Note: the information in this article is provided for educational purposes. For information or clarification about your specific tax situation, refer to Canadian legislation or contact the Canada Revenue Agency.
Many people have questions about whether they should contribute to a Registered Retirement Savings Plan (RRSP) or a Tax-Free Savings Account (TFSA). The answer depends on many factors. How old are you? What is your income? Will you need to access the money before retire? It’s a good idea to talk to your financial advisor about your goals to determine how to best invest your money.
Here is a general comparison of the two plans.
|Description||TFSA: Savings vehicle that allows a person to earn tax-free interest||RRSP: Savings vehicle that defers taxes on income until the money is withdrawn|
|Primary purpose||TFSA: Save money for any reason||RRSP: Save money for retirement|
|Contribution limit||TFSA: Approximately $5500 per person per year (adjusted for inflation, see Contribution Limits table on this page)||RRSP: Determined by your RRSP deduction limit each year|
|Contribution deadlines||TFSA: Since the income earned is not taxed and it does not affect your tax return, there are no deadlines for contributions. Contribution limits are based on a calendar year||RRSP: Generally deductions can be made on contributions that are made during the taxation year or during the first 60 days of the following year|
|Unused contribution amounts||TFSA: Unused contribution room carries forward||RRSP: Unused contribution room carries forward|
|Penalties for exceeding contribution limits||TFSA: Yes - 1% per month on the excess contribution||RRSP: Yes - 1% per month on the excess contribution if the excess is over $2000|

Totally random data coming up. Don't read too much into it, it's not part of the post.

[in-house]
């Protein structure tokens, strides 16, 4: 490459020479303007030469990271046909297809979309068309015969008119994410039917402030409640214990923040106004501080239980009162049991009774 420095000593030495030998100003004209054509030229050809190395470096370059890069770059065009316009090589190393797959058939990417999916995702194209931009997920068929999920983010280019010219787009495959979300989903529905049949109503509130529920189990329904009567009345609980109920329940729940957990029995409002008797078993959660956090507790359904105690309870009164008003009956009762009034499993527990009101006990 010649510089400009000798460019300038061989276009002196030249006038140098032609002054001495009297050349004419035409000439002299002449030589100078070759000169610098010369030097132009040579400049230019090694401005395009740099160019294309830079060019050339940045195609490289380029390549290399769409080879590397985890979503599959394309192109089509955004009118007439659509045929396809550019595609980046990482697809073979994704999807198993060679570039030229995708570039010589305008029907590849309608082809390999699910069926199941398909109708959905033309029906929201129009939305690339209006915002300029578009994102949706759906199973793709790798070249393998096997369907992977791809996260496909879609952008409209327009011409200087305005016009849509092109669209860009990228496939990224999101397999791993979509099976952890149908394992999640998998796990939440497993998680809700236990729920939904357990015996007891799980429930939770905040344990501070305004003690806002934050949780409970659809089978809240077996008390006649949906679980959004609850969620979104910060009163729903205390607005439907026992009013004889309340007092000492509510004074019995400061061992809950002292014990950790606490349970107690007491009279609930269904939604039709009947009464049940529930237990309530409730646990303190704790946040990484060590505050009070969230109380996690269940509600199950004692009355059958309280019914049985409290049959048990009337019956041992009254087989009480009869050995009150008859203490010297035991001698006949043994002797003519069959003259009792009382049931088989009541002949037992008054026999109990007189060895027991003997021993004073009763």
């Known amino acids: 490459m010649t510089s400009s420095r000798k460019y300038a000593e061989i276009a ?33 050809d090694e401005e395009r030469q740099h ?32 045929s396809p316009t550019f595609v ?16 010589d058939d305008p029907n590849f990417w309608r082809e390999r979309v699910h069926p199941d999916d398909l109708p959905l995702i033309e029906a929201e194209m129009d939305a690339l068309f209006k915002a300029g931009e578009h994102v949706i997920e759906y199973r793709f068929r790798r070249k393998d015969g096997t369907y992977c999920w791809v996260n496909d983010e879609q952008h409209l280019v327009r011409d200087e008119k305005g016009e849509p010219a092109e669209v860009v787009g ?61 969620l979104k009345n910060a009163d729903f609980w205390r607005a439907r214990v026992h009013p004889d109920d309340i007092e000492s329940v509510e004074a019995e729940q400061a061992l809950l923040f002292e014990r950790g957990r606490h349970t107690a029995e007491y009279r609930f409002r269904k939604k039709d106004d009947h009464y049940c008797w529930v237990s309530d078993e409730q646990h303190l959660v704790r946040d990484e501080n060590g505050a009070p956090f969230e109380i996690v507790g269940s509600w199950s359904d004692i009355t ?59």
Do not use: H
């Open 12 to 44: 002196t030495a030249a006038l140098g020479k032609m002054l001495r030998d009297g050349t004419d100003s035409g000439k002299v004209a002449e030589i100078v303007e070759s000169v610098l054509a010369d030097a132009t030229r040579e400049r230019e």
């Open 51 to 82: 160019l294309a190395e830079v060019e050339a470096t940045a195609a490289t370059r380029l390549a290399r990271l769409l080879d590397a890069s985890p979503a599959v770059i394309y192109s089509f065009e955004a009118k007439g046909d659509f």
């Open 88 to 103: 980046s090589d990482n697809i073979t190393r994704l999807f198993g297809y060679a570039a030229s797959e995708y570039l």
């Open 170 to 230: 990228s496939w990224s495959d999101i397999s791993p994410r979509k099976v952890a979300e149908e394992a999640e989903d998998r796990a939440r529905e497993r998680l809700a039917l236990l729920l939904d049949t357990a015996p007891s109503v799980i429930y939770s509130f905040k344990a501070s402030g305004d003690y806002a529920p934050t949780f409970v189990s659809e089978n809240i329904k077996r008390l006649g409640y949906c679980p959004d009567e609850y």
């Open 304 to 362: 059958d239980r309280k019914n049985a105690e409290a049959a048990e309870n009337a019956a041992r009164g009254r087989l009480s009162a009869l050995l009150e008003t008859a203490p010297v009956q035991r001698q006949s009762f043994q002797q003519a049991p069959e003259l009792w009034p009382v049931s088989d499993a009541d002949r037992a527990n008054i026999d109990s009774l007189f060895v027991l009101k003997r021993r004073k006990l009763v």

|Implications of withdrawals||TFSA: If you withdraw funds, that amount will be added back into your contribution limit in the next year||RRSP: Your contribution limit is not reset|
|Eligible for tax deduction||TFSA: No||RRSP: Yes|
|Age minimum to open an account or plan||TFSA: Anyone over the age of 18 with a valid Canadian social insurance number||RRSP: Does not depend on age but rather when you first report earned income to create RRSP deduction room|
|Age maximum to close an account or plan||TFSA: None||RRSP: By the end of the year in which you turn 71|
|Eligible investments||TFSA: Mutual funds*, GICs, savings accounts, stocks, bonds, etc.||RRSP: Mutual funds*, GICs, savings accounts, stocks, bonds, etc.|
|Spousal contributions||TFSA: The account holder is the only person who can contribute directly to their TFSA (but the spouse/partner could give them the money to do so)||RRSP: A person can directly contribute to an RRSP plan in their spouse or common-law partner’s name|
|Affect on government retirement benefits||TFSA: Not considered income so no affect on government benefits||RRSP: If income is too high, government funds may be clawed back|
Source: Canada Revenue Agency
*Mutual funds are offered through Credential Asset Management Inc. and mutual funds and other securities are offered through Credential Securities Inc. Commissions, trailing commissions, management fees and expenses all may be associated with mutual fund investments. Please read the prospectus before investing. Unless otherwise stated, mutual fund securities and cash balances are not insured nor guaranteed, their values change frequently and past performance may not be repeated. Credential Securities Inc. is a Member of the Canadian Investor Protection Fund.